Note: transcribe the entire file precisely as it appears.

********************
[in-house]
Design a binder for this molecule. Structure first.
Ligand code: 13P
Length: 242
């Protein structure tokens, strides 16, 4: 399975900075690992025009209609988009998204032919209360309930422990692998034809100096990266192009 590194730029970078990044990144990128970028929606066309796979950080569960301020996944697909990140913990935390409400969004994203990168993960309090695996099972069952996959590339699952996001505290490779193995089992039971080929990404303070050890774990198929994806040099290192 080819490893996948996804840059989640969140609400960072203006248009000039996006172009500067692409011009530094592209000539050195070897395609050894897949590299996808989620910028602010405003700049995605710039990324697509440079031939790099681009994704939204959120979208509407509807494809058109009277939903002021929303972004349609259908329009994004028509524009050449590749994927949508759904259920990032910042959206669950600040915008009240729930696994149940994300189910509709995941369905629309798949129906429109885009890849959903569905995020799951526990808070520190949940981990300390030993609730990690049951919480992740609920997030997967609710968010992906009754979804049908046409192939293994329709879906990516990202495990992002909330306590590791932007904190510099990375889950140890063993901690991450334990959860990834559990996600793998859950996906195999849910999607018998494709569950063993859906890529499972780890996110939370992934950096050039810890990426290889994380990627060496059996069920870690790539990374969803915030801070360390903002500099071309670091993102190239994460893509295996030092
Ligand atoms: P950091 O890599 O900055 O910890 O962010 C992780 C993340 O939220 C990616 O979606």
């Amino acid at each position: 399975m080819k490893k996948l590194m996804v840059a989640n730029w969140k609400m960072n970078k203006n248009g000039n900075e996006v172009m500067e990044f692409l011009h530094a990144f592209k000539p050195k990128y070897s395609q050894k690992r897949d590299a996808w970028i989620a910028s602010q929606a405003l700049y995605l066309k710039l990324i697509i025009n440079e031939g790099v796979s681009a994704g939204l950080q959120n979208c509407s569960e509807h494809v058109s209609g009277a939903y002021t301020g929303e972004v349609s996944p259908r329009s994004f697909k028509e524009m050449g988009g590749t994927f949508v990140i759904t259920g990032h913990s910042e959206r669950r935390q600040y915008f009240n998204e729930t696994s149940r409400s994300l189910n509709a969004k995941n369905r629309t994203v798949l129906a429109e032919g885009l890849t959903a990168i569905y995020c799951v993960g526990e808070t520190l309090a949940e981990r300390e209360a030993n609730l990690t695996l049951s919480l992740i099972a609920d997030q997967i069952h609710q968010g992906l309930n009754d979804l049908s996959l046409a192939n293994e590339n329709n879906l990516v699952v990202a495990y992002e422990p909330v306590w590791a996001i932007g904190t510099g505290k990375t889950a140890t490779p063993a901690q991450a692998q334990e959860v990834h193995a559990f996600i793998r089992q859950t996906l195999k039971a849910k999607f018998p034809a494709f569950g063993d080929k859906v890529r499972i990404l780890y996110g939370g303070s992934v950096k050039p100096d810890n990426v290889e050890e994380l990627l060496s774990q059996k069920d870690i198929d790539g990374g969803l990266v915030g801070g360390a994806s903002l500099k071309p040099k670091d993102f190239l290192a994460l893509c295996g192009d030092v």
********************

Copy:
[in-house]
Design a binder for this molecule. Structure first.
Ligand code: 13P
Length: 242
């Protein structure tokens, strides 16, 4: 399975900075690992025009209609988009998204032919209360309930422990692998034809100096990266192009 590194730029970078990044990144990128970028929606066309796979950080569960301020996944697909990140913990935390409400969004994203990168993960309090695996099972069952996959590339699952996001505290490779193995089992039971080929990404303070050890774990198929994806040099290192 080819490893996948996804840059989640969140609400960072203006248009000039996006172009500067692409011009530094592209000539050195070897395609050894897949590299996808989620910028602010405003700049995605710039990324697509440079031939790099681009994704939204959120979208509407509807494809058109009277939903002021929303972004349609259908329009994004028509524009050449590749994927949508759904259920990032910042959206669950600040915008009240729930696994149940994300189910509709995941369905629309798949129906429109885009890849959903569905995020799951526990808070520190949940981990300390030993609730990690049951919480992740609920997030997967609710968010992906009754979804049908046409192939293994329709879906990516990202495990992002909330306590590791932007904190510099990375889950140890063993901690991450334990959860990834559990996600793998859950996906195999849910999607018998494709569950063993859906890529499972780890996110939370992934950096050039810890990426290889994380990627060496059996069920870690790539990374969803915030801070360390903002500099071309670091993102190239994460893509295996030092
Ligand atoms: P950091 O890599 O900055 O910890 O962010 C992780 C993340 O939220 C990616 O979606």
């Amino acid at each position: 399975m080819k490893k996948l590194m996804v840059a989640n730029w969140k609400m960072n970078k203006n248009g000039n900075e996006v172009m500067e990044f692409l011009h530094a990144f592209k000539p050195k990128y070897s395609q050894k690992r897949d590299a996808w970028i989620a910028s602010q929606a405003l700049y995605l066309k710039l990324i697509i025009n440079e031939g790099v796979s681009a994704g939204l950080q959120n979208c509407s569960e509807h494809v058109s209609g009277a939903y002021t301020g929303e972004v349609s996944p259908r329009s994004f697909k028509e524009m050449g988009g590749t994927f949508v990140i759904t259920g990032h913990s910042e959206r669950r935390q600040y915008f009240n998204e729930t696994s149940r409400s994300l189910n509709a969004k995941n369905r629309t994203v798949l129906a429109e032919g885009l890849t959903a990168i569905y995020c799951v993960g526990e808070t520190l309090a949940e981990r300390e209360a030993n609730l990690t695996l049951s919480l992740i099972a609920d997030q997967i069952h609710q968010g992906l309930n009754d979804l049908s996959l046409a192939n293994e590339n329709n879906l990516v699952v990202a495990y992002e422990p909330v306590w590791a996001i932007g904190t510099g505290k990375t889950a140890t490779p063993a901690q991450a692998q334990e959860v990834h193995a559990f996600i793998r089992q859950t996906l195999k039971a849910k999607f018998p034809a494709f569950g063993d080929k859906v890529r499972i990404l780890y996110g939370g303070s992934v950096k050039p100096d810890n990426v290889e050890e994380l990627l060496s774990q059996k069920d870690i198929d790539g990374g969803l990266v915030g801070g360390a994806s903002l500099k071309p040099k670091d993102f190239l290192a994460l893509c295996g192009d030092v």